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Opinion: Gray’s Doing Good -- But, But ...?

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Opinion: Gray’s Doing Good -- But, But ...?

These should be glory days for Mayor Vincent Gray. By many measures, he’s doing well and the city’s doing very well, too.

A news story last weekend noted that the District may have fewer than 100 homicides this year for the first time since the 1960s.

There’s so much construction now in the District that the mayor and other city officials gleefully count the dozens of cranes dotting the skyline and preside over many groundbreakings.

The city’s unemployment rate is continuing to tick down every month, not up.

But.

Such a discouraging word. The “but” hangs out there like an unwanted guest. It’s like an asterisk on a home run record, or a jagged tear in a good suit.

But.

This past weekend, The Washington Post editorial page broke some news. It reported — and News4 confirmed on Monday — that Mayor Gray has rebuffed several requests for a meeting with prosecutors who are investigating his 2010 mayoral campaign.

The mayor has declined to meet with prosecutors? Hasn’t he said he wanted the investigation to be thorough, and over as quickly as possible? It was his campaign. Wouldn’t he want to tell the prosecutors what he knew? Apparently not. On advice of his attorney Robert Bennett, the mayor isn’t talking or meeting.

On Monday, our News4 camera caught up with the mayor.

“You have declined to be interviewed by the prosecutors,” we said. “Can you comment on that?”

“Well, I’ve indicated, Tom, all along, especially in the recent past, that it’s really inappropriate for me to comment on a pending investigation,” the mayor replied.

Well, then, we asked, would the mayor just reaffirm that he is willing to cooperate, and is cooperating with the probe?

“Can you say that you are cooperating in any way that you can?” we asked.

“I think I just won’t comment at this stage on a pending investigation,” the mayor replied. “The investigation is ongoing and we’ll — we’ll see it through.”

That’s definitely not the robust effort at getting to the truth that many people expect of the mayor.

This is the mayor who initially called for an investigation into allegations his campaign had paid off Sulaimon Brown to heckle then-Mayor Adrian Fenty at campaign appearances. Gray said he would cooperate with any authorities looking into it.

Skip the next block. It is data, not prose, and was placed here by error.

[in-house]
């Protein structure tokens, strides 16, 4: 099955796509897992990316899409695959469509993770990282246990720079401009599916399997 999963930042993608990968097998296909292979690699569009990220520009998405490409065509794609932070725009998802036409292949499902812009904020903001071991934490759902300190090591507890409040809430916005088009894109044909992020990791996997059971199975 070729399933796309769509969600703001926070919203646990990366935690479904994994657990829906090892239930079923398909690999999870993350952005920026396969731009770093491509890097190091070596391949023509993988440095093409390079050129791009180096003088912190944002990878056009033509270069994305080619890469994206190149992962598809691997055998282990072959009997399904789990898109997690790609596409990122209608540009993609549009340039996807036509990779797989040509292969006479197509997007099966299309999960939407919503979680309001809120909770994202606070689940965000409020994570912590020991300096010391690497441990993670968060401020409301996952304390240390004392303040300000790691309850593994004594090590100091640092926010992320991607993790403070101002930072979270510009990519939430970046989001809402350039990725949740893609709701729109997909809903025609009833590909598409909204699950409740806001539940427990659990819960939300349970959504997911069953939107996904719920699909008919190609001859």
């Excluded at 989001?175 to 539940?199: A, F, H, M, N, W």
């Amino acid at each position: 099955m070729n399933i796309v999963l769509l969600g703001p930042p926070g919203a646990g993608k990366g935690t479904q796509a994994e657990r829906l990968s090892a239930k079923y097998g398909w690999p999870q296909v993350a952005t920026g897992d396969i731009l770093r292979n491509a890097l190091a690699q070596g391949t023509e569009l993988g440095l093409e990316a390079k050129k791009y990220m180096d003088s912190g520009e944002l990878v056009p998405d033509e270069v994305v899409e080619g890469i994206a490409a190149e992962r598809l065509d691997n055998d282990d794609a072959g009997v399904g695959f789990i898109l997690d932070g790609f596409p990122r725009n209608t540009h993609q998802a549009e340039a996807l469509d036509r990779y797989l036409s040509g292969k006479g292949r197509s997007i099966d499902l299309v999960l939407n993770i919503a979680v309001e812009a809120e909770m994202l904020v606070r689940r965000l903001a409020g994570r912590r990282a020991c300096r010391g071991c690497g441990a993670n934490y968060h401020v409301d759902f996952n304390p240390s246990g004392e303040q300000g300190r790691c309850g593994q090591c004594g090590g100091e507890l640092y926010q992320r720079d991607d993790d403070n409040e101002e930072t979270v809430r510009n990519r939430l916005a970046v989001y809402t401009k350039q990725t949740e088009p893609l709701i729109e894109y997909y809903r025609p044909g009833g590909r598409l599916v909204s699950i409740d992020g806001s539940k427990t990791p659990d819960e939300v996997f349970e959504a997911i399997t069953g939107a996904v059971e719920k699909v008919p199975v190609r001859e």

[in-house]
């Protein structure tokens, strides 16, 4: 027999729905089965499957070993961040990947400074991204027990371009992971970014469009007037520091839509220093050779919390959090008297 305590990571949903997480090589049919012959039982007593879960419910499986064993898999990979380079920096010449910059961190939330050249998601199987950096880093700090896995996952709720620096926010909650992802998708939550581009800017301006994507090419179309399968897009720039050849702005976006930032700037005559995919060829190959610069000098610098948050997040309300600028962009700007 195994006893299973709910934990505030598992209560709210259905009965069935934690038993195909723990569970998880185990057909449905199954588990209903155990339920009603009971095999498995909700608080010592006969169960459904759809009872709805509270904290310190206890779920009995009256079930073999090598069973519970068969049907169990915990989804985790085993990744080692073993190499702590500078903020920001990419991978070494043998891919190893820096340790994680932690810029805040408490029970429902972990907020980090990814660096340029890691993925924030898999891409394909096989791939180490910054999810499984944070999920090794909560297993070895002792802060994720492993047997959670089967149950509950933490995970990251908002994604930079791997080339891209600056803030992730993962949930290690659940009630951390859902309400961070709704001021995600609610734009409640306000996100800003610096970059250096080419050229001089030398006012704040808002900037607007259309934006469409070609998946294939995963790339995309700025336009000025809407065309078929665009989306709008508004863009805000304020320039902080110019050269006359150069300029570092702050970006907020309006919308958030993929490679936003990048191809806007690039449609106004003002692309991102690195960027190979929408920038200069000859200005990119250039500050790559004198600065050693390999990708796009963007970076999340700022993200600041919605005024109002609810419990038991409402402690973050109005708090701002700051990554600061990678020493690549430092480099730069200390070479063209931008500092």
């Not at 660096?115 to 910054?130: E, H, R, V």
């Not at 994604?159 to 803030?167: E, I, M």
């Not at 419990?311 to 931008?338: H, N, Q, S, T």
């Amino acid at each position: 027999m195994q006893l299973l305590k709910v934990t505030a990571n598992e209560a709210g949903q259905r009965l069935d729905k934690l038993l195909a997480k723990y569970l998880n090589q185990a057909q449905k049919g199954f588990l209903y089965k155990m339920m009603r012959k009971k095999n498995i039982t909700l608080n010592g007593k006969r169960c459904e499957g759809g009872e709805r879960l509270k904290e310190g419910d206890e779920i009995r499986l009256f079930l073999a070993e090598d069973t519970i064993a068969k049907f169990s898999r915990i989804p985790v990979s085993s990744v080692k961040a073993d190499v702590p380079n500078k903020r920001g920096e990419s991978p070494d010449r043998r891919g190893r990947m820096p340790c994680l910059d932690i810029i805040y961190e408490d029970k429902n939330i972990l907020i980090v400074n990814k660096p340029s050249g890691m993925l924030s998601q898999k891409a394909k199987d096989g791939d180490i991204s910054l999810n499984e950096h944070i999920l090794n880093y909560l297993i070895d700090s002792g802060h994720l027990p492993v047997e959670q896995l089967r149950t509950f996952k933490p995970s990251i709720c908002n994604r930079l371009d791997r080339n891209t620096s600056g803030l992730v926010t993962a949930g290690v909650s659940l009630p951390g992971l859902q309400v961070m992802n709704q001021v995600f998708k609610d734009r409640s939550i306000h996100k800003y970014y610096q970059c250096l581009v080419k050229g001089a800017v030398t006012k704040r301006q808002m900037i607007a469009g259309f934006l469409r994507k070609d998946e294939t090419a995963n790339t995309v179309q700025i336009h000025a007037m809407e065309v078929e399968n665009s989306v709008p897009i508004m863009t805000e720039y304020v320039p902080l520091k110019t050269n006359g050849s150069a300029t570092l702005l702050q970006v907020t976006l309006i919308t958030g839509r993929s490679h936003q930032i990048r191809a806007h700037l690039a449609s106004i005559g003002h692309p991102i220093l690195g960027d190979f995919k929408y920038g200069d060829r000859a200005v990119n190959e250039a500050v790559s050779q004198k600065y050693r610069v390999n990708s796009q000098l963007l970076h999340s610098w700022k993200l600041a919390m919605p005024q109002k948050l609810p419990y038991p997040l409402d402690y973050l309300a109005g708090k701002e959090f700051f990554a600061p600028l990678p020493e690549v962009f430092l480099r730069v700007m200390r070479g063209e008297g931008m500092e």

This is the mayor who mostly has declined to discuss the widening investigation into the $650,000 “shadow campaign” that helped elect him. But he always said he was cooperating, that he wanted prosecutors to investigate thoroughly and that he would await their findings.

In the summer, his old friend Jeanne Clark Harris pleaded guilty to a felony for orchestrating the shadow campaign that backed the mayor. Gray expressed sadness for Harris. When reporters asked him last summer about Clark’s guilty plea, the mayor said, “I was the one who called for an investigation of my own campaign. And we will continue to work with this investigation.”

But now in this holiday season, we’re learning that the mayor is rebuffing any meeting with prosecutors. The next time the mayor comments that it’s an ongoing investigation, we’ll know one of the reasons why it’s ongoing: He ain’t talking.

The Post editorial concluded that “there’s no reason Mr. Gray has to wait for [U.S. Attorney Ronald] Machen to complete his work before telling the citizens of Washington what they deserve to know.”

But if the mayor’s not talking to the prosecutors, it’s likely the citizens will have to wait awhile, too.

■ A final word. Lawrence Guyot died last week after a battle with diabetes and other ailments. He was 73.

Guyot was a civil rights activist in Mississippi when being one could get you killed or badly beaten.

Guyot’s imposing size and his rapid-fire way of speaking left no doubt where he stood on any issue of the day. He brought that drumbeat-for-justice persona to local Washington. He fought for neighborhoods, the poor and the disenfranchised with equal gusto.

As a reporter, you could be sure to get a lively quote from him. If he didn’t like what you wrote, you’d get a lively comment about that, too.

He was a character and a warrior, and his passion would be worth bottling for current-day struggles.

In his statement on Guyot’s death, Mayor Gray said Guyot had “paved the way” for many other activists. He sure did.

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